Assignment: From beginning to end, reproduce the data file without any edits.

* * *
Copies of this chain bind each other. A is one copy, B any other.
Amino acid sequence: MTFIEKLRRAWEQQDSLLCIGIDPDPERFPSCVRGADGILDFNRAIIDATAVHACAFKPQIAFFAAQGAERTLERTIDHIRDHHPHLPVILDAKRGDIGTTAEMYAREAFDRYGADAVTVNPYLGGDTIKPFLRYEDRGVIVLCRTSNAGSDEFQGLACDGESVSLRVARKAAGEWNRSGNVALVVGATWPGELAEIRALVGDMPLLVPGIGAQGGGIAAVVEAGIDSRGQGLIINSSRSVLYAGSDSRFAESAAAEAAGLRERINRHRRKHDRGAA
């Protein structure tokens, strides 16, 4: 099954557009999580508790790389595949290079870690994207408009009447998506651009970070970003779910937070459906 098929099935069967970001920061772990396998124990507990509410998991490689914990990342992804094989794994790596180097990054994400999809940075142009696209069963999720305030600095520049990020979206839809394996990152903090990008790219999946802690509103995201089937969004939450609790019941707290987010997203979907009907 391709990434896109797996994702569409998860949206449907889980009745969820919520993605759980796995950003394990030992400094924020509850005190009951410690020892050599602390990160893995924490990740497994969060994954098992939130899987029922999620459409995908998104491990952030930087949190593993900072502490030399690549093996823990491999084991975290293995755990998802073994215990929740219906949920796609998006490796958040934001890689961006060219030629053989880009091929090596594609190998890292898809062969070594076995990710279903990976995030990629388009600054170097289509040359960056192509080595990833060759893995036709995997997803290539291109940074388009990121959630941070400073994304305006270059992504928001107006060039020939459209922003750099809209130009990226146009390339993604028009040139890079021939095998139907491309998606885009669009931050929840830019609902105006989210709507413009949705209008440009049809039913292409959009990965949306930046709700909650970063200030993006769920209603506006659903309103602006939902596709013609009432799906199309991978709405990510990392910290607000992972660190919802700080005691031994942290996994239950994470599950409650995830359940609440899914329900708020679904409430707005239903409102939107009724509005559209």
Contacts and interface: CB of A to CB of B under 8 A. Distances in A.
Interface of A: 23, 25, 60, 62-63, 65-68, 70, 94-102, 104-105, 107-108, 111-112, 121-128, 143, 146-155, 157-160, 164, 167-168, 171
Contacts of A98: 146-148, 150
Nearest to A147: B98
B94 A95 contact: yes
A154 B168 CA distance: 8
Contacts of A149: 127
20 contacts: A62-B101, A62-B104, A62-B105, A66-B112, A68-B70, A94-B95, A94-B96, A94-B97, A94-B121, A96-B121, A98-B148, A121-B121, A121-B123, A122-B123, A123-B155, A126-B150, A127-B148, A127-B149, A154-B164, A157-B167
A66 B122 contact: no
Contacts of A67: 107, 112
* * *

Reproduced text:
Copies of this chain bind each other. A is one copy, B any other.
Amino acid sequence: MTFIEKLRRAWEQQDSLLCIGIDPDPERFPSCVRGADGILDFNRAIIDATAVHACAFKPQIAFFAAQGAERTLERTIDHIRDHHPHLPVILDAKRGDIGTTAEMYAREAFDRYGADAVTVNPYLGGDTIKPFLRYEDRGVIVLCRTSNAGSDEFQGLACDGESVSLRVARKAAGEWNRSGNVALVVGATWPGELAEIRALVGDMPLLVPGIGAQGGGIAAVVEAGIDSRGQGLIINSSRSVLYAGSDSRFAESAAAEAAGLRERINRHRRKHDRGAA
């Protein structure tokens, strides 16, 4: 099954557009999580508790790389595949290079870690994207408009009447998506651009970070970003779910937070459906 098929099935069967970001920061772990396998124990507990509410998991490689914990990342992804094989794994790596180097990054994400999809940075142009696209069963999720305030600095520049990020979206839809394996990152903090990008790219999946802690509103995201089937969004939450609790019941707290987010997203979907009907 391709990434896109797996994702569409998860949206449907889980009745969820919520993605759980796995950003394990030992400094924020509850005190009951410690020892050599602390990160893995924490990740497994969060994954098992939130899987029922999620459409995908998104491990952030930087949190593993900072502490030399690549093996823990491999084991975290293995755990998802073994215990929740219906949920796609998006490796958040934001890689961006060219030629053989880009091929090596594609190998890292898809062969070594076995990710279903990976995030990629388009600054170097289509040359960056192509080595990833060759893995036709995997997803290539291109940074388009990121959630941070400073994304305006270059992504928001107006060039020939459209922003750099809209130009990226146009390339993604028009040139890079021939095998139907491309998606885009669009931050929840830019609902105006989210709507413009949705209008440009049809039913292409959009990965949306930046709700909650970063200030993006769920209603506006659903309103602006939902596709013609009432799906199309991978709405990510990392910290607000992972660190919802700080005691031994942290996994239950994470599950409650995830359940609440899914329900708020679904409430707005239903409102939107009724509005559209």
Contacts and interface: CB of A to CB of B under 8 A. Distances in A.
Interface of A: 23, 25, 60, 62-63, 65-68, 70, 94-102, 104-105, 107-108, 111-112, 121-128, 143, 146-155, 157-160, 164, 167-168, 171
Contacts of A98: 146-148, 150
Nearest to A147: B98
B94 A95 contact: yes
A154 B168 CA distance: 8
Contacts of A149: 127
20 contacts: A62-B101, A62-B104, A62-B105, A66-B112, A68-B70, A94-B95, A94-B96, A94-B97, A94-B121, A96-B121, A98-B148, A121-B121, A121-B123, A122-B123, A123-B155, A126-B150, A127-B148, A127-B149, A154-B164, A157-B167
A66 B122 contact: no
Contacts of A67: 107, 112